The 2023 Gartner® 'CIOs: Improve Digital Transformation Success by Leveraging Customer Experience Management' report found that "The need for digital investments is growing. Despite this, many efforts fall short of achieving desired outcomes. To succeed, CIOs must ensure customer experience tools and practices are used to align business goals, quicken launch times, and meet internal and external customer needs."
The report recommendations state that CIOs responsible for digital investments must "Improve digital optimization outcomes by involving internal customers in decision making and clearly defining business objectives through the use of baseline customer experience (CX) management."
- Read the full report here: CIOs: Improve Digital Transformation Success by Leveraging Customer Experience Management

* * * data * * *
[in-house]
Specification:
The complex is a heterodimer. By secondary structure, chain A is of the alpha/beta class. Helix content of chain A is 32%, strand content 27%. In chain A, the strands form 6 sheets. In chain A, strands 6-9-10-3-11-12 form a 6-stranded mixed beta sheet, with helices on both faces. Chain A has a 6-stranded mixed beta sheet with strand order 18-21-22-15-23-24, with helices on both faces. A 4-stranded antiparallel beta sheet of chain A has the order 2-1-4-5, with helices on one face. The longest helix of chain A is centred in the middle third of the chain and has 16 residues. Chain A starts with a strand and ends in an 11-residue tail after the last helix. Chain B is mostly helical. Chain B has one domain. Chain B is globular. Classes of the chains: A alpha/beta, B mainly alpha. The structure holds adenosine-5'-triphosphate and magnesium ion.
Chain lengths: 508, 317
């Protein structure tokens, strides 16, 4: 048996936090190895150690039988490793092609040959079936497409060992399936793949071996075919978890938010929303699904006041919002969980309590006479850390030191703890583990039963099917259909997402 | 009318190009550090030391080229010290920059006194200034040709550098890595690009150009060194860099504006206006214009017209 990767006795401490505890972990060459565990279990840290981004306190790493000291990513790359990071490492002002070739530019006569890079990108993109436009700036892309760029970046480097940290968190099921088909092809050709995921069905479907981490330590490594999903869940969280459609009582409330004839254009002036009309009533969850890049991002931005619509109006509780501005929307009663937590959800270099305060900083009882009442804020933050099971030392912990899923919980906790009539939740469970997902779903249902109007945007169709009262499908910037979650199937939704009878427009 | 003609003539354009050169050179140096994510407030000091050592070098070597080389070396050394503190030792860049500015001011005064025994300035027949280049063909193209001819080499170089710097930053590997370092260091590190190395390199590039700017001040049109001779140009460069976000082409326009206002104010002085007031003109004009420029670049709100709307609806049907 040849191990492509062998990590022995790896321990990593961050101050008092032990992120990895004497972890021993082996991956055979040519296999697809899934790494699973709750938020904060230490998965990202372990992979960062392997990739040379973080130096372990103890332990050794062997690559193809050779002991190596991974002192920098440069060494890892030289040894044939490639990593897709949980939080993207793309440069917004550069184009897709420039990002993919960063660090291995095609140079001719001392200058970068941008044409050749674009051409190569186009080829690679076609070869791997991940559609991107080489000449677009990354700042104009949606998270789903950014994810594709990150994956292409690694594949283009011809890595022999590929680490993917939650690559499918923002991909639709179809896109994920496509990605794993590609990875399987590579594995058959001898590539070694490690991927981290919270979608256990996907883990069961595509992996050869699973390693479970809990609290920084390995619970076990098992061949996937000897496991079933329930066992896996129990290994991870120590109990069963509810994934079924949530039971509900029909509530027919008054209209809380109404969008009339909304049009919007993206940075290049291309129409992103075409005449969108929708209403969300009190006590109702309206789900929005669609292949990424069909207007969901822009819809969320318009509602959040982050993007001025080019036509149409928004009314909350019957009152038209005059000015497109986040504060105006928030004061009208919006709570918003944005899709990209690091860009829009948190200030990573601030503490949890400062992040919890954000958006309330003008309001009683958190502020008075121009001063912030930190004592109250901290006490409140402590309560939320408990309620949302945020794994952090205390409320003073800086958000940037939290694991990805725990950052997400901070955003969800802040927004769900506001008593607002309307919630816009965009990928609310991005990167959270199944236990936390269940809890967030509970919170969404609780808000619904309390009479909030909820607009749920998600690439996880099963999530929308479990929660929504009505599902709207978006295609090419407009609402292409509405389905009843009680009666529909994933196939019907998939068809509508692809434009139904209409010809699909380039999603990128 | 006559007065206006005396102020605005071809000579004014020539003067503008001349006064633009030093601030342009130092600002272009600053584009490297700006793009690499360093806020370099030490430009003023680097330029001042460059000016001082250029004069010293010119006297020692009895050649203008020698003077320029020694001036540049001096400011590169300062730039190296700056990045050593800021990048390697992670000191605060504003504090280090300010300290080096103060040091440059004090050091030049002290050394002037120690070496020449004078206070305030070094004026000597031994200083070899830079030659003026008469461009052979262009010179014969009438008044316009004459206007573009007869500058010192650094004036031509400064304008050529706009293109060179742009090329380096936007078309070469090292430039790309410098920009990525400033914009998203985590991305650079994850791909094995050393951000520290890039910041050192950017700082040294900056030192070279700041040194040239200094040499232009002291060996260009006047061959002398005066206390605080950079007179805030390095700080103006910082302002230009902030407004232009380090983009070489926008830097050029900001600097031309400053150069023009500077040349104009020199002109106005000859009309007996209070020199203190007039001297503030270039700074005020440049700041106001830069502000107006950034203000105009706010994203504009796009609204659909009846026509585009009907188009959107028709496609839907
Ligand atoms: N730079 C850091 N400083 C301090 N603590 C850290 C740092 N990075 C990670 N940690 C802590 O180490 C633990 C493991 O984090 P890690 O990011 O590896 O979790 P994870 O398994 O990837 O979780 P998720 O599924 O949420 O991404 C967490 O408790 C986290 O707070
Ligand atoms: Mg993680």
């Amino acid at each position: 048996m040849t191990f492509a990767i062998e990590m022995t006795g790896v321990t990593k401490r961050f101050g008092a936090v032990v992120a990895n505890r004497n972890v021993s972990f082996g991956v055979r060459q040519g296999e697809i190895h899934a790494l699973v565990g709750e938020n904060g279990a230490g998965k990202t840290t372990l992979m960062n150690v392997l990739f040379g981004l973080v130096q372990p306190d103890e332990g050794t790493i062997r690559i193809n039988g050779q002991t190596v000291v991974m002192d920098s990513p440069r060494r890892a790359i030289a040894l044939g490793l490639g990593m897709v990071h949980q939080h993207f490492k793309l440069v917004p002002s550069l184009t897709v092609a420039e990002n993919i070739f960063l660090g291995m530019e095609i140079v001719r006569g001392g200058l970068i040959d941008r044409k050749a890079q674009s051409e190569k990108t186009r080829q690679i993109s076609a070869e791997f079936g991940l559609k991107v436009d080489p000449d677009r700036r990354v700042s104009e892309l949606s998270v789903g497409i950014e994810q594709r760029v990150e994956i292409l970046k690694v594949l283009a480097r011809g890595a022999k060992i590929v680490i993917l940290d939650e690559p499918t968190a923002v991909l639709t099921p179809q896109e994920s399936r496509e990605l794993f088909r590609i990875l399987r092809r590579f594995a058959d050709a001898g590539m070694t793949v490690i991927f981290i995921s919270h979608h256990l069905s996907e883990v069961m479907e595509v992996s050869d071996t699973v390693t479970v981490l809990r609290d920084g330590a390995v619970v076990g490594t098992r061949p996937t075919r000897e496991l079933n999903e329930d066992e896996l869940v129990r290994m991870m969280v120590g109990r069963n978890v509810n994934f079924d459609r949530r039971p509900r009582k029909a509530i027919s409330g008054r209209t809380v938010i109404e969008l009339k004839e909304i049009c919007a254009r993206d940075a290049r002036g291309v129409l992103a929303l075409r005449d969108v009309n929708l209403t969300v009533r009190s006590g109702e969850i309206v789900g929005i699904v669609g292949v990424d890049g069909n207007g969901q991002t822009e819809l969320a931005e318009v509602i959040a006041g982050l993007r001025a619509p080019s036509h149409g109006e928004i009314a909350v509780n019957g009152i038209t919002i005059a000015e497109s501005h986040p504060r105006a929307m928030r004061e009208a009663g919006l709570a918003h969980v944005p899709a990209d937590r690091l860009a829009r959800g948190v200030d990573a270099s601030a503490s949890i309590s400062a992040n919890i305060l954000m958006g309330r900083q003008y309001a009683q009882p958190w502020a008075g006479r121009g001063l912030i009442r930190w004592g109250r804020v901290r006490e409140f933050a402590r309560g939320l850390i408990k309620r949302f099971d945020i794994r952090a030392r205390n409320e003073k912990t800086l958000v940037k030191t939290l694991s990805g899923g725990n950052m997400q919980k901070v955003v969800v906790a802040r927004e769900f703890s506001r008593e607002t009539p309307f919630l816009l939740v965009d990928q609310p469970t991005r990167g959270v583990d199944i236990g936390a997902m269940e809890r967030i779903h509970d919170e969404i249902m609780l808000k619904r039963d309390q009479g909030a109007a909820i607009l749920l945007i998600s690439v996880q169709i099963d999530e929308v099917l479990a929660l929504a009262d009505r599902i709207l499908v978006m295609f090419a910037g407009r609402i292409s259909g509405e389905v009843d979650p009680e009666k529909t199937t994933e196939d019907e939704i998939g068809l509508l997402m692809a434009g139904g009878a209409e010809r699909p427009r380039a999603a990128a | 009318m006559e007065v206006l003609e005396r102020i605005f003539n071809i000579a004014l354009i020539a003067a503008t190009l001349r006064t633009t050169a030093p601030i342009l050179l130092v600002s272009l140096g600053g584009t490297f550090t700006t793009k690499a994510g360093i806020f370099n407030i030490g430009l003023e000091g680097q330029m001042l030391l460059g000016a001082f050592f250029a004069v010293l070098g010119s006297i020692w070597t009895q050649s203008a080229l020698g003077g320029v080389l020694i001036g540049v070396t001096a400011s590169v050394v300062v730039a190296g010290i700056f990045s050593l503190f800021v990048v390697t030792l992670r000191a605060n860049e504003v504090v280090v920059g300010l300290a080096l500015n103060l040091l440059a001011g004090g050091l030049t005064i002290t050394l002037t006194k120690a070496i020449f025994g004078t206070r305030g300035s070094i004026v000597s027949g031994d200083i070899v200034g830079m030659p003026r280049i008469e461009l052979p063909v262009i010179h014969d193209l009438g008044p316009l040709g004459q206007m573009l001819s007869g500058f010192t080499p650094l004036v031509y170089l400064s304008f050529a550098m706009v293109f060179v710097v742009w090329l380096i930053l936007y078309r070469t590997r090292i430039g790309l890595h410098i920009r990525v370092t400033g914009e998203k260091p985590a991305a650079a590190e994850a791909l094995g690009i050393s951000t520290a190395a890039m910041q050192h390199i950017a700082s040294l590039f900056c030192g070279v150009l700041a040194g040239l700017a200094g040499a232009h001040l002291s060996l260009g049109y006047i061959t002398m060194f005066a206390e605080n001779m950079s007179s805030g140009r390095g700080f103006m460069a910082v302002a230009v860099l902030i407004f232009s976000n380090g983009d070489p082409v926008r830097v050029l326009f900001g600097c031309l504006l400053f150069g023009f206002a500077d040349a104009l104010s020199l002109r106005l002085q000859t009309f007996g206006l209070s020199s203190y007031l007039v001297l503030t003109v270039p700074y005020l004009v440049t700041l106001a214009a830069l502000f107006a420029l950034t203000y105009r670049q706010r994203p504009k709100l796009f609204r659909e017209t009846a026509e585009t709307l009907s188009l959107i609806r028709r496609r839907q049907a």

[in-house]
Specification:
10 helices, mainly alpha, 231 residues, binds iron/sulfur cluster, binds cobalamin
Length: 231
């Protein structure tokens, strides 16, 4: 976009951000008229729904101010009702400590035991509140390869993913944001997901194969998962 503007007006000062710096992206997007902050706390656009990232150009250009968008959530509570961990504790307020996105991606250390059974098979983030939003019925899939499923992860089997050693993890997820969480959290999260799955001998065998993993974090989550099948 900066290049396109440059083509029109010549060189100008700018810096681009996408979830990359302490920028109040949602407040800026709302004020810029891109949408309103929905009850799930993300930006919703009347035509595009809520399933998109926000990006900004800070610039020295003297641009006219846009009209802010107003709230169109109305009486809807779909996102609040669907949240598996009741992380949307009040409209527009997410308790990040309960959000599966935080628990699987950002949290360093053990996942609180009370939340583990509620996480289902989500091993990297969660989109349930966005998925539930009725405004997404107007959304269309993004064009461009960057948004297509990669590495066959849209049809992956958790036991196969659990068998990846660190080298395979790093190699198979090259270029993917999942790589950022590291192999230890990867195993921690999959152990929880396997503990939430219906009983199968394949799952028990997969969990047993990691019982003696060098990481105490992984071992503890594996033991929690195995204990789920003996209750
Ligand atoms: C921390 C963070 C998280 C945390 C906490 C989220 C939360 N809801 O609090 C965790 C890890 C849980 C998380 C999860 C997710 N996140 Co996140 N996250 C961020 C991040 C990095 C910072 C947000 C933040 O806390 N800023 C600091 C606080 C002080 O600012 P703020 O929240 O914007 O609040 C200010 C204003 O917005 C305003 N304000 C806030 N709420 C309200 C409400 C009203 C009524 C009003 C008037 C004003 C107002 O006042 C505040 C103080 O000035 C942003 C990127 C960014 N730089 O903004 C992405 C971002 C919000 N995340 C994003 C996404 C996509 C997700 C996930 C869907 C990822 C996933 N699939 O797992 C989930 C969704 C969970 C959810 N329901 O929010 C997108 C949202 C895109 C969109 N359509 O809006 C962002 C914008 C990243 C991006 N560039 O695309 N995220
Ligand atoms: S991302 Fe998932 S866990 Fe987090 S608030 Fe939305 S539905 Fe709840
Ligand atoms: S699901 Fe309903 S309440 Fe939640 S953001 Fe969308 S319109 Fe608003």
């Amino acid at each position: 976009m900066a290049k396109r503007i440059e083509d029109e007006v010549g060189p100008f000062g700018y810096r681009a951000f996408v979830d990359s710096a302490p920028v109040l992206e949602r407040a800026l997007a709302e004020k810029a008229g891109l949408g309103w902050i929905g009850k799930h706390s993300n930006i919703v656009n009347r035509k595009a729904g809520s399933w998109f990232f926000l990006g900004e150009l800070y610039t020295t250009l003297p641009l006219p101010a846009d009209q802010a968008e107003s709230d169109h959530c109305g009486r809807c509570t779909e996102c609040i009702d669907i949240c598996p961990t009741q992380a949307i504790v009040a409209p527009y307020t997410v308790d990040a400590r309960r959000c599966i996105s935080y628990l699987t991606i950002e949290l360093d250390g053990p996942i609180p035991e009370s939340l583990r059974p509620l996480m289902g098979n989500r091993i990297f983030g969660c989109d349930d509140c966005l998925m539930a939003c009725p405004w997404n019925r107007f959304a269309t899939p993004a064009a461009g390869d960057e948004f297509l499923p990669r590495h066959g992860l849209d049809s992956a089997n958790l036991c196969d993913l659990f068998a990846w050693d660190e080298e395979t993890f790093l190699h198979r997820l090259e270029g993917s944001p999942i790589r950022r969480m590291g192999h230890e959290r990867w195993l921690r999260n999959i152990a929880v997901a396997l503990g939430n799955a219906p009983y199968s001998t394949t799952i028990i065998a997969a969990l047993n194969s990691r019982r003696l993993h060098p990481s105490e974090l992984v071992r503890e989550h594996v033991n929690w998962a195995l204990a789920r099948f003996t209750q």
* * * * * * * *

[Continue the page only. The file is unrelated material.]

Gartner mentions that "In practice, a company’s first digital optimization efforts focus on improving the external CX. This is because the return on investment (ROI) is more obvious to the business. For example, it’s easier to envision the ROI of e-commerce improvements than automating parts of the IT service desk. Internal CX optimization often follows once digital investments have proven value to the external customer. Holistically designing for all internal and external customers, however, creates the biggest impact, as shown by the total experience trend."
At Step5, we share this view – to achieve the end goal of delivering exceptional experience for our external customers, we need to enable those who are delivering that experience, the internal customers - our employees.